The MS Estonia sank in the Baltic Sea off Finland on September 28, 1994, after the ship’s bow door locks failed during a storm, prompting the vessel to capsize within moments as hundreds of its passengers were left trapped. The disaster is considered Europe’s second-deadliest peacetime sinking after that of the RMS Titanic.
Officials in Sweden announced their intentions on Friday to allow for a new investigation into the sinking of the MS Estonia after new evidence emerged from a documentary more than 25 years after the disastrous incident.
Sweden’s Home Affairs Minister Mikael Damberg revealed during a news conference that the country’s Accident Investigation Authority, along with counterparts from Finland and Estonia, would be sending divers down to the wreck site to further investigate claims made about damage to the vessel’s hull.
The documentary at the center of renewed interest in the wreck came from the Discovery Channel network, and it was released in September to coincide with the wreck’s 26th anniversary. The five-part broadcast provided new underwater footage that showed a previously unrecorded 13-foot gaping hole in the ship’s hull.
After the documentary was aired, Sweden, Finland and Estonia announced that a joint investigation to assess the new finding would be undertaken. An official report in 1997 ultimately concluded that the sinking was caused by a faulty door lock on the vessel’s bow.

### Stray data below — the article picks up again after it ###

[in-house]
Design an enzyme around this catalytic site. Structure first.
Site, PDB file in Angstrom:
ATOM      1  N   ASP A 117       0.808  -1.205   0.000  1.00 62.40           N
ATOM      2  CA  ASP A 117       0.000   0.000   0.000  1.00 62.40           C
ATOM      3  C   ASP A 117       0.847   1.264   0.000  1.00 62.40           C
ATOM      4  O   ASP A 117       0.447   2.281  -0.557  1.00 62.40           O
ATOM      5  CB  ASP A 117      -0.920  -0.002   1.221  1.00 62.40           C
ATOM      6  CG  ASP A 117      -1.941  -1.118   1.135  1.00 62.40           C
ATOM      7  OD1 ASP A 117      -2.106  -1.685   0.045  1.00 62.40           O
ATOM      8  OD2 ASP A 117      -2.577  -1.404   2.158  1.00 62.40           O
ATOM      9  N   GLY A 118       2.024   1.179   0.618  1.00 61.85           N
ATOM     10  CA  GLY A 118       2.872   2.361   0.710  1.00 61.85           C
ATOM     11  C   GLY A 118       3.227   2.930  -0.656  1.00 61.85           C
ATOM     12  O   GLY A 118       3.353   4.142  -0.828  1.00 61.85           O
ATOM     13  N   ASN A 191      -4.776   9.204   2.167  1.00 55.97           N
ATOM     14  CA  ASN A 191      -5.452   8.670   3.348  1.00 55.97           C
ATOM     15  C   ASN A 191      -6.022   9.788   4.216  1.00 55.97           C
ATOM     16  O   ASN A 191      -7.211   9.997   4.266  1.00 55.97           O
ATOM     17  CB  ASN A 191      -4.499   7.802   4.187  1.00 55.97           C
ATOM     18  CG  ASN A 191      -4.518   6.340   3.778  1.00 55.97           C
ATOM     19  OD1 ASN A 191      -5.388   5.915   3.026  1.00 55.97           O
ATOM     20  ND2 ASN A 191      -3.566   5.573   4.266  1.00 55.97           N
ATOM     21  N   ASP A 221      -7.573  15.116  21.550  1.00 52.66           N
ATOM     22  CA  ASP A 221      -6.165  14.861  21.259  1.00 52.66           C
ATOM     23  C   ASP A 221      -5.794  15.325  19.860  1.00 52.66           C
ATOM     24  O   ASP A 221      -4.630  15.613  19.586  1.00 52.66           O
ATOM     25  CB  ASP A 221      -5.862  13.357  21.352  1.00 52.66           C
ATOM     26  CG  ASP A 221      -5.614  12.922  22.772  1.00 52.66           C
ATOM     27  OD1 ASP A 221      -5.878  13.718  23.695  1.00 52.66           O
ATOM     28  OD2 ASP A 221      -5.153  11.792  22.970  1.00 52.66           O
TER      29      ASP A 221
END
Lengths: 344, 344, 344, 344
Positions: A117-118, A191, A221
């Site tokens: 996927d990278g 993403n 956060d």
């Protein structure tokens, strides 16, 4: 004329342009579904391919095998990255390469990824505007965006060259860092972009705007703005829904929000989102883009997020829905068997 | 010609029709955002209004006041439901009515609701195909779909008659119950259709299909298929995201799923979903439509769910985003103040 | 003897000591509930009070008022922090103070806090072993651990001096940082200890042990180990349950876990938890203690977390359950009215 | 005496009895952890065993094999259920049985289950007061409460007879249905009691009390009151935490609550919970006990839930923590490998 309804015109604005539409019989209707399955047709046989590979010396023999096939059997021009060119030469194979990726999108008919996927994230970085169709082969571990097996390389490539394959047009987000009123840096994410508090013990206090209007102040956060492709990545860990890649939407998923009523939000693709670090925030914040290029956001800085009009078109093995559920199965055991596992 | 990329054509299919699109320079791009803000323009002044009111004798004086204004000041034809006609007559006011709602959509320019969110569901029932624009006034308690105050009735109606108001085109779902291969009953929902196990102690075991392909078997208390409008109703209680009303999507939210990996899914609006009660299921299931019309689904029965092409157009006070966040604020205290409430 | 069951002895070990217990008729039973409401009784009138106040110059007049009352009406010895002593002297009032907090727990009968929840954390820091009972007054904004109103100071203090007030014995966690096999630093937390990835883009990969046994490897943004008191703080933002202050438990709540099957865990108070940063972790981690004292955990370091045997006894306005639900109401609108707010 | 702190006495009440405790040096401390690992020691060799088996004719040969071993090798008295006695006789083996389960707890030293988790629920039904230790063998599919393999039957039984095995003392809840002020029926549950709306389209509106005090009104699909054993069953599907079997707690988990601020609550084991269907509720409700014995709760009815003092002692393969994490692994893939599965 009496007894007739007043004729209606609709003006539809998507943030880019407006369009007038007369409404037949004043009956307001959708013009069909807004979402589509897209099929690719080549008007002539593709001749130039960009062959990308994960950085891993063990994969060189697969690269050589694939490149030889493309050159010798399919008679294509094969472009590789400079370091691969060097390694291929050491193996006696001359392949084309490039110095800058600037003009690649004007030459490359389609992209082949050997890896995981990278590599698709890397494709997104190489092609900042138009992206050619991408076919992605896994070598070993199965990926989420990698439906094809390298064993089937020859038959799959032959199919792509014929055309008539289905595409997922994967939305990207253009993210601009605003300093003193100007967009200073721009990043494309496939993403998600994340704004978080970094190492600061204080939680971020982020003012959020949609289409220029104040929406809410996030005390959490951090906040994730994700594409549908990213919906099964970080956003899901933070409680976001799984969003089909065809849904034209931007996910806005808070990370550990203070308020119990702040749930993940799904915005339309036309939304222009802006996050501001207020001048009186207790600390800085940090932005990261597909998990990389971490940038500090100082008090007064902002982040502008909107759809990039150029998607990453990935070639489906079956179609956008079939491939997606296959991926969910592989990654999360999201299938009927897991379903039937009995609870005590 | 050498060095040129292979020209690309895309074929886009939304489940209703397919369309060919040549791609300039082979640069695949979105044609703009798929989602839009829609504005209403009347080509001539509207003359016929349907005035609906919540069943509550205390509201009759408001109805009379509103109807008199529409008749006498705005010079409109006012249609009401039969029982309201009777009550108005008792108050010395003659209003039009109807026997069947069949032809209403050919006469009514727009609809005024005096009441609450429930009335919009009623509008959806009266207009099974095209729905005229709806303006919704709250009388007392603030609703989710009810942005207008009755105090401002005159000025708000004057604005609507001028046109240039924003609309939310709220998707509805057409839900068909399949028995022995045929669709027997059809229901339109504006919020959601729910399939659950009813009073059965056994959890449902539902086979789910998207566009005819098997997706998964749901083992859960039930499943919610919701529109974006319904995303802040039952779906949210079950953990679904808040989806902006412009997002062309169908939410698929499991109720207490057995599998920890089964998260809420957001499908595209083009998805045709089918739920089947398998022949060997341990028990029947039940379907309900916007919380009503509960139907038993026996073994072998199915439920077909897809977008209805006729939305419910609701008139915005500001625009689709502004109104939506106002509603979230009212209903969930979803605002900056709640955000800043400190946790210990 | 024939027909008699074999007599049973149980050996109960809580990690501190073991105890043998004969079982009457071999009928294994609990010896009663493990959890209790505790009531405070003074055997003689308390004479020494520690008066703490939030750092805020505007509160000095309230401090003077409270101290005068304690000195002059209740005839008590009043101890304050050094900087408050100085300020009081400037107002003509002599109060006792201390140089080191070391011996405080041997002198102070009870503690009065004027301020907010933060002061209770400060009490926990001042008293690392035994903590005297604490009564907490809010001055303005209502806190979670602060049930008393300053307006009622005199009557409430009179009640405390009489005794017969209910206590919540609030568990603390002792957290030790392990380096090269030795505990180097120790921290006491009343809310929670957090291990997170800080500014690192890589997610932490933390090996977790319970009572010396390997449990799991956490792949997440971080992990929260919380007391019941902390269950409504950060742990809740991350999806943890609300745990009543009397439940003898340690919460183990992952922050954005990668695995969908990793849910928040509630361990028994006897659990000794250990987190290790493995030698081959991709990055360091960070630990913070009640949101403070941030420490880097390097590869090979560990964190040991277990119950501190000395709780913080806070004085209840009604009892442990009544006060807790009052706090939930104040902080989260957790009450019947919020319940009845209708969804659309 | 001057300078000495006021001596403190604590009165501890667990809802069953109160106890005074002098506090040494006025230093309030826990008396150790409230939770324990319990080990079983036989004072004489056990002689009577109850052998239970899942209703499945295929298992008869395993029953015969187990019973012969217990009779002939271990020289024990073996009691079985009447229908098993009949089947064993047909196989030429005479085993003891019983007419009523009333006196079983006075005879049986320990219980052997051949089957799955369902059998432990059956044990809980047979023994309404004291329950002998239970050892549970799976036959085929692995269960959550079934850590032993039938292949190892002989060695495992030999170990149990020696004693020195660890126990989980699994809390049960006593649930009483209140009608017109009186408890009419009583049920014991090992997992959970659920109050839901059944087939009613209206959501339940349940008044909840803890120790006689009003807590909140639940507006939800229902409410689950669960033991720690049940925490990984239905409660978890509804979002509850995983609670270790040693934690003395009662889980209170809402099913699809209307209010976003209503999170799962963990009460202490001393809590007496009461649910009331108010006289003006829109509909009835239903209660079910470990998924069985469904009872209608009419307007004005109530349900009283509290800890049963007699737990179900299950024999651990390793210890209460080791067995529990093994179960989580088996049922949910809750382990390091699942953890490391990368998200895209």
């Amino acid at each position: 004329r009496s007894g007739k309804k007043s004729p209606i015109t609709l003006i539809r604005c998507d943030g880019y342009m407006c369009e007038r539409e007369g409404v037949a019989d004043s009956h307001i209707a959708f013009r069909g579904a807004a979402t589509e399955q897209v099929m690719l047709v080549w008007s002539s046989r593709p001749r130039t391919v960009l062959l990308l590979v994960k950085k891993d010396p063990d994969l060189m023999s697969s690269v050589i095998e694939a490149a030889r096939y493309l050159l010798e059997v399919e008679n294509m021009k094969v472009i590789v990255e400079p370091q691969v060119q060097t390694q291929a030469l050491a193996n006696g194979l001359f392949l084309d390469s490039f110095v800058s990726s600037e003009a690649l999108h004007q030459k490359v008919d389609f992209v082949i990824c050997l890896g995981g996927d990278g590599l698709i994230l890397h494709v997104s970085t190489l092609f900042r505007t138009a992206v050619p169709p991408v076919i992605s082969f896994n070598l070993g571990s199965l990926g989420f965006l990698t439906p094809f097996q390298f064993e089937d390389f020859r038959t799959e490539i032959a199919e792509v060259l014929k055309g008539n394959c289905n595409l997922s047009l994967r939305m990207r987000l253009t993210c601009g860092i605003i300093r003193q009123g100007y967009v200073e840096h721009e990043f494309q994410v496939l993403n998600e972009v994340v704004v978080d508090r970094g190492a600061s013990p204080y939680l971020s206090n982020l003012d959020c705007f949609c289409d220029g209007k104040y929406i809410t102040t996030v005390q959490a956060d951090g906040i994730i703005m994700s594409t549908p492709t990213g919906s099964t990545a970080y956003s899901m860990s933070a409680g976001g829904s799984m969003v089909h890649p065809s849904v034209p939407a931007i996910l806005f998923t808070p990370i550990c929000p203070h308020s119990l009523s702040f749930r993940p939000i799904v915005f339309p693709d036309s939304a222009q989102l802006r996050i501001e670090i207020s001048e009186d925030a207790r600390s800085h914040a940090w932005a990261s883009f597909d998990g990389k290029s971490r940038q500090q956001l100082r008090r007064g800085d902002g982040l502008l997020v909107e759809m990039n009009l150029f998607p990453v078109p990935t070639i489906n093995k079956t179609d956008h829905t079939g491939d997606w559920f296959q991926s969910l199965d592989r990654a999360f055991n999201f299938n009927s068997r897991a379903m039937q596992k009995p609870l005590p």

Incidentally, the announcement comes some two months after the Estonian government released a report based on its own investigation that determined the hole was far too small to have caused the ship to sink. At the time, the report noted that the newly discovered evidence did “not seem reasonable” enough to prompt further analysis.
Varying explanations as to why the ship sank have circulated for years, some of which suggest the MS Estonia met its end after the vessel either collided with a submarine or that an explosion occurred within the ship.
The MS Estonia had left Tallinn, Estonia, and was en route to Stockholm, Sweden, when it met with stormy weather conditions in the fall of 1994. The 1997 report notes that the vessel encountered strong winds and waves that measured about 13 feet in height.
A total of 852 people died when the ship sank just 22 nautical miles from Finland’s Uto island. Hundreds drowned after becoming trapped inside the capsized vessel, and dozens of others who managed to escape died of hypothermia before rescue crews arrived at the scene. Only 137 people survived.